Authenticity is the New Integrity
Back in the days of plain language and real meaning, the concept of integrity was well understood and the definition of the word itself was uniformly shared. That was then. Now we have authenticity.
As it’s commonly practiced, authenticity is the appearance of integrity; that is, it’s the manipulation of codes of sincerity that makes it appear one is thinking, speaking, writing, and acting with integrity. It’s a combination of crossing your fingers behind your back and a Get Out of Jail Free card. Most important, it’s not integrity.
- adherence to moral and ethical principles; soundness of moral character; honesty
2. the state of being whole, entire, or undiminished
authenticity (noun): the quality of being authentic; genuinenes
- authentic (adjective)
2. not false or copied; genuine; real
representing one’s true nature or beliefs; true to oneself or to the person identified
Morality, ethicality, sound character, wholeness, entirety, and being undiminished are not the same as genuine, real, or truth to one’s nature, beliefs, or self. They’re different. And critically so.
How Did We Get Here?
With the unceasing onslaught of vapid jargon and the boundless coining of terms, phrases, abbreviations, acronyms, and new definitions of what had been perfectly serviceable linguistic expressions, the question in the subhead above is not rhetorical. In fact, it can’t (and likely won’t) be taken as seriously as it should be. If you doubt that — setting aside empty buzzwords like innovation, disruption, thought leadership, and more — you don’t have to look any farther than the terms listed below, all of which used to be nouns but have now been perverted as verbs:
Brainstorm: Originally coined to conjure the notion of a sudden and violent disturbance in the brain, brainstorming denotes a method of shared problem-solving in which all members of a group spontaneously contribute ideas. In business lexicon, it now connotes blind groping — finding one’s way like a lost sheep — through any assignment for which the brainstormer is thoroughly ill-equipped.
Larry: We’ve got to brainstorm on this baby.
Bert: Right. We’ve also got to figure out what the hell we’re doing.
Dialogue: In the vernacular of the business world, it is now impossible to discuss anything. The best one can hope for is to find a kindred, bureaucratic spirit with whom one may dialogue.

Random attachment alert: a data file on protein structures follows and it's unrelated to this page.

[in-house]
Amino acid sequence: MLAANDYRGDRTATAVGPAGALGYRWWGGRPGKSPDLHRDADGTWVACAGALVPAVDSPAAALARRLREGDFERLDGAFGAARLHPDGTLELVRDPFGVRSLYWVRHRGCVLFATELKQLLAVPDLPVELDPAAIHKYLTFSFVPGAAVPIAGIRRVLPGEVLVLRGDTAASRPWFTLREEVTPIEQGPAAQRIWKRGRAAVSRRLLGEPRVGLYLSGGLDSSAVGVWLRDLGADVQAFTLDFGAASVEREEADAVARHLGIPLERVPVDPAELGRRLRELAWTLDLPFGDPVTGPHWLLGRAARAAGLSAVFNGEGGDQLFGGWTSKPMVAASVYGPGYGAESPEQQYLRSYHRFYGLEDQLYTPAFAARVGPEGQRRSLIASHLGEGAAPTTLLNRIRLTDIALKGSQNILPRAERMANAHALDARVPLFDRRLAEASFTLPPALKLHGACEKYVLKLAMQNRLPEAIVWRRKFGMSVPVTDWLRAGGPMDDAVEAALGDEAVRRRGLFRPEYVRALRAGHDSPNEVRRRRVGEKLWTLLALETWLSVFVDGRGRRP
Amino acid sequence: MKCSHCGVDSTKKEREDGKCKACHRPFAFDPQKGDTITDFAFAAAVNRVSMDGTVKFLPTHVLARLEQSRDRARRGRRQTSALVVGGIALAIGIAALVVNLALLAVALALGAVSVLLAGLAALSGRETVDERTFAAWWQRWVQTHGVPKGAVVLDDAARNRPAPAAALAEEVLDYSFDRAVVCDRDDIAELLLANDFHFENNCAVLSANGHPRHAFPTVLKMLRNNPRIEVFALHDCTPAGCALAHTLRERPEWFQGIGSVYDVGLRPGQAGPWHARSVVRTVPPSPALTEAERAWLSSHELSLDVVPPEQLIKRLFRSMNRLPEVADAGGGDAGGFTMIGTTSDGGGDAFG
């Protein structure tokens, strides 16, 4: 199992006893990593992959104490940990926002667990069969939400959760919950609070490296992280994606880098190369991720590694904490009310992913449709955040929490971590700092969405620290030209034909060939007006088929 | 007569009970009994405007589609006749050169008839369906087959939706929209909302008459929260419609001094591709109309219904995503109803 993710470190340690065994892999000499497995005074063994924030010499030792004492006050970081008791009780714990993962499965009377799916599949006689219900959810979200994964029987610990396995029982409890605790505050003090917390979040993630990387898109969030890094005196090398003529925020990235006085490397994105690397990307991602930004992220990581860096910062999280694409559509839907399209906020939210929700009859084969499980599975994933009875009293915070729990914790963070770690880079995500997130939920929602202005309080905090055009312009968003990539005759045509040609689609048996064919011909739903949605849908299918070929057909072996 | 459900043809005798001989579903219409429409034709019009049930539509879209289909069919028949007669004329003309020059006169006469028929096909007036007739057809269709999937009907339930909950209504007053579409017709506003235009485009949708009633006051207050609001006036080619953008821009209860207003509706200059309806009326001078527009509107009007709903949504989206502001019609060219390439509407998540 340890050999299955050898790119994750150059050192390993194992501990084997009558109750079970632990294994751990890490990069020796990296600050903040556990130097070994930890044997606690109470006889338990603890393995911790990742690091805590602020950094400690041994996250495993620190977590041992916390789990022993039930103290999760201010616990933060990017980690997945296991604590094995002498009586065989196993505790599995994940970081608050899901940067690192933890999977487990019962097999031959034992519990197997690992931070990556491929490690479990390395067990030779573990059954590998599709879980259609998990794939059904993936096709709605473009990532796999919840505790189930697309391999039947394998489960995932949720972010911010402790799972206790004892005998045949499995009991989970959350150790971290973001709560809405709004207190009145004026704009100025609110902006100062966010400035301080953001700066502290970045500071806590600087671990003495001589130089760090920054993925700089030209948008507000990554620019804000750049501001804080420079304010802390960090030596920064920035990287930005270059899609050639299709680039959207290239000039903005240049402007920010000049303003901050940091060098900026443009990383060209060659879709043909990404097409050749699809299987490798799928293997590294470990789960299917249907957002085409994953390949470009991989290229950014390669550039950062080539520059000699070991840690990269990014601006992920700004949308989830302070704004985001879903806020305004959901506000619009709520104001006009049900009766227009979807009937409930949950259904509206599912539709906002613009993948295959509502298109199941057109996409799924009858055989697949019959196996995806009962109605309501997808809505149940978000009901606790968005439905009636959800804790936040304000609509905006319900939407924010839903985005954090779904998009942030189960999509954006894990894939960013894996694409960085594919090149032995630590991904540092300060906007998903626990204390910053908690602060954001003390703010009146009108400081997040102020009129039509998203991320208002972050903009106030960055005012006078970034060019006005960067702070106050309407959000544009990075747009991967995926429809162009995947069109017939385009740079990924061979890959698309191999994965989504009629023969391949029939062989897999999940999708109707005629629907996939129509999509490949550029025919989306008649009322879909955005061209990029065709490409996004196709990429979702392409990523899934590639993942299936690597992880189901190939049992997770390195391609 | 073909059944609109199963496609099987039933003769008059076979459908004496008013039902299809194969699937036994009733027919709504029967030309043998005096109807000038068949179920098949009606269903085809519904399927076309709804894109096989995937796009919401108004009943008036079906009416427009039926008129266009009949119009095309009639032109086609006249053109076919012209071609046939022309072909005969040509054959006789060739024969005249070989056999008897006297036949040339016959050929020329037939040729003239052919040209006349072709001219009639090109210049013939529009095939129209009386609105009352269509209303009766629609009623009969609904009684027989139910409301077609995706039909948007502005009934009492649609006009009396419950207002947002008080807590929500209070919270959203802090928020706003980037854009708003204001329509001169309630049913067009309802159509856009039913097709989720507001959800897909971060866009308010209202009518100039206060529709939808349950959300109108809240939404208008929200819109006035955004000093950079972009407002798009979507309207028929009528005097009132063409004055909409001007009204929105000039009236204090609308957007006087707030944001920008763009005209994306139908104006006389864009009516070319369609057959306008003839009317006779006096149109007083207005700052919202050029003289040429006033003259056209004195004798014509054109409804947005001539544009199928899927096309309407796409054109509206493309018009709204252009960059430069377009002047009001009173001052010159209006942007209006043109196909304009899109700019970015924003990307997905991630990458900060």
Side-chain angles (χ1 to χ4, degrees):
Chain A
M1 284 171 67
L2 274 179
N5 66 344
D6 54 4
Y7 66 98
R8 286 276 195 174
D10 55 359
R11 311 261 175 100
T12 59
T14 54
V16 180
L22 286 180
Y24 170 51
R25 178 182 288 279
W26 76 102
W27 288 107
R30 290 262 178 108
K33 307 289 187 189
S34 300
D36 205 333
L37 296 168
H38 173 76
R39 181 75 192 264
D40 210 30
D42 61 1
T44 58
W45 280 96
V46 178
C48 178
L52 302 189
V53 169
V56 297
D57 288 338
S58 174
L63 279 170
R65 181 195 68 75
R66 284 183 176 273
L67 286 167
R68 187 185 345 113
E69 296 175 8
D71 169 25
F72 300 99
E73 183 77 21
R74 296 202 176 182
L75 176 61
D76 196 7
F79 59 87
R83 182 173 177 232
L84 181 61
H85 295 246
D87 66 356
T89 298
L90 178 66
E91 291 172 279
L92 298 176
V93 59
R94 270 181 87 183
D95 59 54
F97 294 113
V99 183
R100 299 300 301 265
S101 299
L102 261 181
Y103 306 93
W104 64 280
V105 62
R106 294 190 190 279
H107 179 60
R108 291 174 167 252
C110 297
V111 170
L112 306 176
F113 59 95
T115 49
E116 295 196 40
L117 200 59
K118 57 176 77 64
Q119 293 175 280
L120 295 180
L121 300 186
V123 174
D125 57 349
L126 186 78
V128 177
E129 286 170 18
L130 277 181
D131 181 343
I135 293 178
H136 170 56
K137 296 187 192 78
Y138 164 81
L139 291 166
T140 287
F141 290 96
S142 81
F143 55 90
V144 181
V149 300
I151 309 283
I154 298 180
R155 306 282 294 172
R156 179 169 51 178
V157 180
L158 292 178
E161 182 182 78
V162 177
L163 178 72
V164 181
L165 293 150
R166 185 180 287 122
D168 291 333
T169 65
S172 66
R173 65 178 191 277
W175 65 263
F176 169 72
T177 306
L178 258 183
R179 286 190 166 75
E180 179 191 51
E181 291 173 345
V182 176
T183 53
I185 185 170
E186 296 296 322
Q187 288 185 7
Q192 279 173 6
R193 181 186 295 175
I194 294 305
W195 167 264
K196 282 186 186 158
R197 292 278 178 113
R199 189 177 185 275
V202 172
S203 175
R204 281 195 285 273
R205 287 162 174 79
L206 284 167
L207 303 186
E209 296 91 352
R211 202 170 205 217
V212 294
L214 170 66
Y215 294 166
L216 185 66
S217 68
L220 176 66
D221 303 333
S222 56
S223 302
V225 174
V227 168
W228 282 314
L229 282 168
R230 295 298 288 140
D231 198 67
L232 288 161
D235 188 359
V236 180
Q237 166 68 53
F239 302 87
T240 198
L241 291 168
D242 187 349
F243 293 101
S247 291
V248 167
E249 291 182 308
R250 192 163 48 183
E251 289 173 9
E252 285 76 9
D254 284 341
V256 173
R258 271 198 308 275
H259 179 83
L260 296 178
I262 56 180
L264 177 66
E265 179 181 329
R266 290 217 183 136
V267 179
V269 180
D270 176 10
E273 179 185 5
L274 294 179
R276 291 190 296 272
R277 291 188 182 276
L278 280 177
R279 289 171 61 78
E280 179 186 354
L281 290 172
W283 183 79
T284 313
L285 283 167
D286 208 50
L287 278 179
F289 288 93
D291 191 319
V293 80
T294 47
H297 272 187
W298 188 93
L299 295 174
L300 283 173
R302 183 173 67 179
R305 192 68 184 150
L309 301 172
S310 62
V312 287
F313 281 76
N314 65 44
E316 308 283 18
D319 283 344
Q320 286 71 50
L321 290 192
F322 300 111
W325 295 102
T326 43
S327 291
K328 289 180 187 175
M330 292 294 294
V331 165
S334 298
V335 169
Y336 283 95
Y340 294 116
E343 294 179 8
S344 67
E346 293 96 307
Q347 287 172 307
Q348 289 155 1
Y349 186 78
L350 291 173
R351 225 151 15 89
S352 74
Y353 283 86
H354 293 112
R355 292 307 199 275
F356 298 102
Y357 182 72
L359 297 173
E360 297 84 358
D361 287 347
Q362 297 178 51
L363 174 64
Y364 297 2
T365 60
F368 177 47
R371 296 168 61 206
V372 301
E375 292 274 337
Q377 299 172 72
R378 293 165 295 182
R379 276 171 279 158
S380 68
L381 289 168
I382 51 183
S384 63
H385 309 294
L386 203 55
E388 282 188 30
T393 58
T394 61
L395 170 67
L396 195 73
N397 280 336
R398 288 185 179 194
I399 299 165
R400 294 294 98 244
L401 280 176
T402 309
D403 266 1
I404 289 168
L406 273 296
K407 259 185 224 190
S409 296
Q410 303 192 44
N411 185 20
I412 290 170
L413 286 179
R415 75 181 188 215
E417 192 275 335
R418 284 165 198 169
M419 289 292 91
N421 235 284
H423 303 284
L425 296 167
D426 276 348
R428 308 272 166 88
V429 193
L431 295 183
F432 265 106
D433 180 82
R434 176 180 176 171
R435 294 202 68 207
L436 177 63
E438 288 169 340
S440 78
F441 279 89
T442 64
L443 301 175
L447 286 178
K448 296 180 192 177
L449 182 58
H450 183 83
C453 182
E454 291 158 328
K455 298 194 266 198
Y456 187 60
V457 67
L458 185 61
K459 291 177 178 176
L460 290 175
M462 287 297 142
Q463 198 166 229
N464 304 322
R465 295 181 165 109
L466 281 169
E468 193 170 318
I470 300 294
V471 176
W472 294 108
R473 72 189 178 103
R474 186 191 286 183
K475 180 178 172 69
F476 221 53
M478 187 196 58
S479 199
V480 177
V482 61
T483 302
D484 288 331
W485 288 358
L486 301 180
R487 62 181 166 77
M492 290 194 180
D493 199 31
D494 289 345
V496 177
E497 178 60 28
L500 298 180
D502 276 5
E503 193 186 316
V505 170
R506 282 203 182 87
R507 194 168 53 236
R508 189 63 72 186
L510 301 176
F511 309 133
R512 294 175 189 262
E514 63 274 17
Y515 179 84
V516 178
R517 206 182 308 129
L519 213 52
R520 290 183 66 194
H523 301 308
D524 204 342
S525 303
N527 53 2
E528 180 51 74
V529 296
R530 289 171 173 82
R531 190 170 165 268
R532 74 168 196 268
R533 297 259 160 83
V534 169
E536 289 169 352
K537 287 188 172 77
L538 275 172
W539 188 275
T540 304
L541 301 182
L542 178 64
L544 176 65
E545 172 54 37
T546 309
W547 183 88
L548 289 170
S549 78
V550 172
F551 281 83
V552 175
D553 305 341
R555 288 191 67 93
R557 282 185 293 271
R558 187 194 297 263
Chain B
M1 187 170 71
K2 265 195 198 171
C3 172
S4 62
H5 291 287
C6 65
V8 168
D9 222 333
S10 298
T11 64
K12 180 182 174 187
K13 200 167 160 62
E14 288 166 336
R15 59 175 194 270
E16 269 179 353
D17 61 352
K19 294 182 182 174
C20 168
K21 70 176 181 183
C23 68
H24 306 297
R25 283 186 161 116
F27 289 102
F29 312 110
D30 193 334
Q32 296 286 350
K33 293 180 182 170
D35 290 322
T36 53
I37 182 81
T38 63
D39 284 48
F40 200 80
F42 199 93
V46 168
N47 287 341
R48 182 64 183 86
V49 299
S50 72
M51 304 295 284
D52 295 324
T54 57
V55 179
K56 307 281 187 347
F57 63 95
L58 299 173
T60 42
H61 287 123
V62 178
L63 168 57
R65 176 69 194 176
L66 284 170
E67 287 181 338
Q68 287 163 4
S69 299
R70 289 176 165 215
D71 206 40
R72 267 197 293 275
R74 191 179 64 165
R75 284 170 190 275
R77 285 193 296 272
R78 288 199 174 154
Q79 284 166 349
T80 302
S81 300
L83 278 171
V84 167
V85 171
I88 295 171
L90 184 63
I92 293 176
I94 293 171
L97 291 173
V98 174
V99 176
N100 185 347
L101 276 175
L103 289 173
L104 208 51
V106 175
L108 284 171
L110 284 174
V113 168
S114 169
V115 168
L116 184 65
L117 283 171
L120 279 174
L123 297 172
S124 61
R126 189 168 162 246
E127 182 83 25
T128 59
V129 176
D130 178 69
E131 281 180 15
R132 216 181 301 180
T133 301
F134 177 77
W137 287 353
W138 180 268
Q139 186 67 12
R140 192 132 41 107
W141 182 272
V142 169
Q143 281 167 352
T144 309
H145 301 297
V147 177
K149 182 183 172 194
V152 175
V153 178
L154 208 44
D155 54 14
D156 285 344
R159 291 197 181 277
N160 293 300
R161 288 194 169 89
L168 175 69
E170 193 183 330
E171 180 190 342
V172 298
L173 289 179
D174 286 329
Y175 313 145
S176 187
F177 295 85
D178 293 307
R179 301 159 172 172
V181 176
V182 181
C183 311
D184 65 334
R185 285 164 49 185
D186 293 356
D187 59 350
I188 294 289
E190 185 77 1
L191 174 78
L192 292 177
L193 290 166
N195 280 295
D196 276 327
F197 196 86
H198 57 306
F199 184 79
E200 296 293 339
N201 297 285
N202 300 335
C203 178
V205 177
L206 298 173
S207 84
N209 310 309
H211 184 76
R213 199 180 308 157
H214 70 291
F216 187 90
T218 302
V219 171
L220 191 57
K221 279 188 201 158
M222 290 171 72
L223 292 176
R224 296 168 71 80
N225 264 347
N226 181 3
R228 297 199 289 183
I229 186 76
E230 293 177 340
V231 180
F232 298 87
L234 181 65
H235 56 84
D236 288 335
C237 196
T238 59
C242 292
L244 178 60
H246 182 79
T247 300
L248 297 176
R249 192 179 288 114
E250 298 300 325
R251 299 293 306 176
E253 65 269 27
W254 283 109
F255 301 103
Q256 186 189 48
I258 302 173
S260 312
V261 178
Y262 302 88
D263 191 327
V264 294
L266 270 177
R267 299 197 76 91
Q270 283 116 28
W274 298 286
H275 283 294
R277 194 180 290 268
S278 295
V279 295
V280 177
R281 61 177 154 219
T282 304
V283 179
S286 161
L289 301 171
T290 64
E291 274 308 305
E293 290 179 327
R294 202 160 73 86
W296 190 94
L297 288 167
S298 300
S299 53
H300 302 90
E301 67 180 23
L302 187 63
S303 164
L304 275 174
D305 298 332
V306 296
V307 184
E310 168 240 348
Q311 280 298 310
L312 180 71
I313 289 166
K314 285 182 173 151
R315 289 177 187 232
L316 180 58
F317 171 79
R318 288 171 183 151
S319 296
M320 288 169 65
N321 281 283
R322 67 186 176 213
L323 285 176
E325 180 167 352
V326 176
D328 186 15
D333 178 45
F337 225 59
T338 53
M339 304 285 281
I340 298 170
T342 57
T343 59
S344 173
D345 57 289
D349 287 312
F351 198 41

Art: I think we should dialogue with our managers about this.
Stu: Okay. But wouldn’t it be easier to have a conversation?
Gift: A gift used to be something bestowed voluntarily without thought or hope of reciprocity. Unfortunately, it’s now become a description of the bestowing.
Big Guy: We’ve got to gift our 25-year employees.
Lackey: Maybe. But I was thinking more along the lines of a commemorative present. Has the gold watch been done before?
Impact: Formerly the striking of one body against another, a collision, or a crash, impact has now become the verb of choice for those who are unfamiliar with — or feel let down by — the verb, affect.
Ralph: I think the current downsizing initiatives will negatively impact our bottom line.
Will: Bingo! In fact, they may even affect us badly.
Incent: Is it more deplorable to coin a word out of ignorance or out of laziness? In an effort to avoid having to construct sentences around the noun, incentive, some enterprising corporate jargoneer took a linguistic shortcut by giving utterance to the verb, incent, followed by incentivize, which purports to mean to incite to action, to provide motivation, to stimulate a desired activity or level of activity.
Jim: We’ve got to incentivize our salespeople to grow their productivity this year.
Floyd: Yep. And we ought to give them some incentive to sell more while we’re at it.
Leverage: Leverage used to be the action, applied against a fulcrum, by which we raised or moved objects that would otherwise be too heavy to move without that leverage. Now it describes the process of applying that action.
Fred: We’ve got to leverage our resources.
Clem: While we’re at it, maybe we can use them for leverage, too.
I could go on almost forever about the ways in which we’ve perverted language and drained it of meaning in business and beyond. But you get the idea.
First, I would straighten out the language. (Confucius when asked how he would restore order to the world)
When thinking, speaking, writing, and acting can be undertaken without discernible (let alone definitive) meaning — reducing expression to the verbal equivalent of the water balloon that can be squeezed here only to pop out there — is it any wonder integrity has been jettisoned? Once we abandoned sense and meaning, reason was as good as gone. Integrity just followed it out the window. And feeling prevailed over thinking.
Authenticity may be a surrogate for integrity. But it’s no substitute.
Besides, integrity’s more useful.
Originally Published on https://www.bizcatalyst360.com/category/lifecolumns/notes-to-self/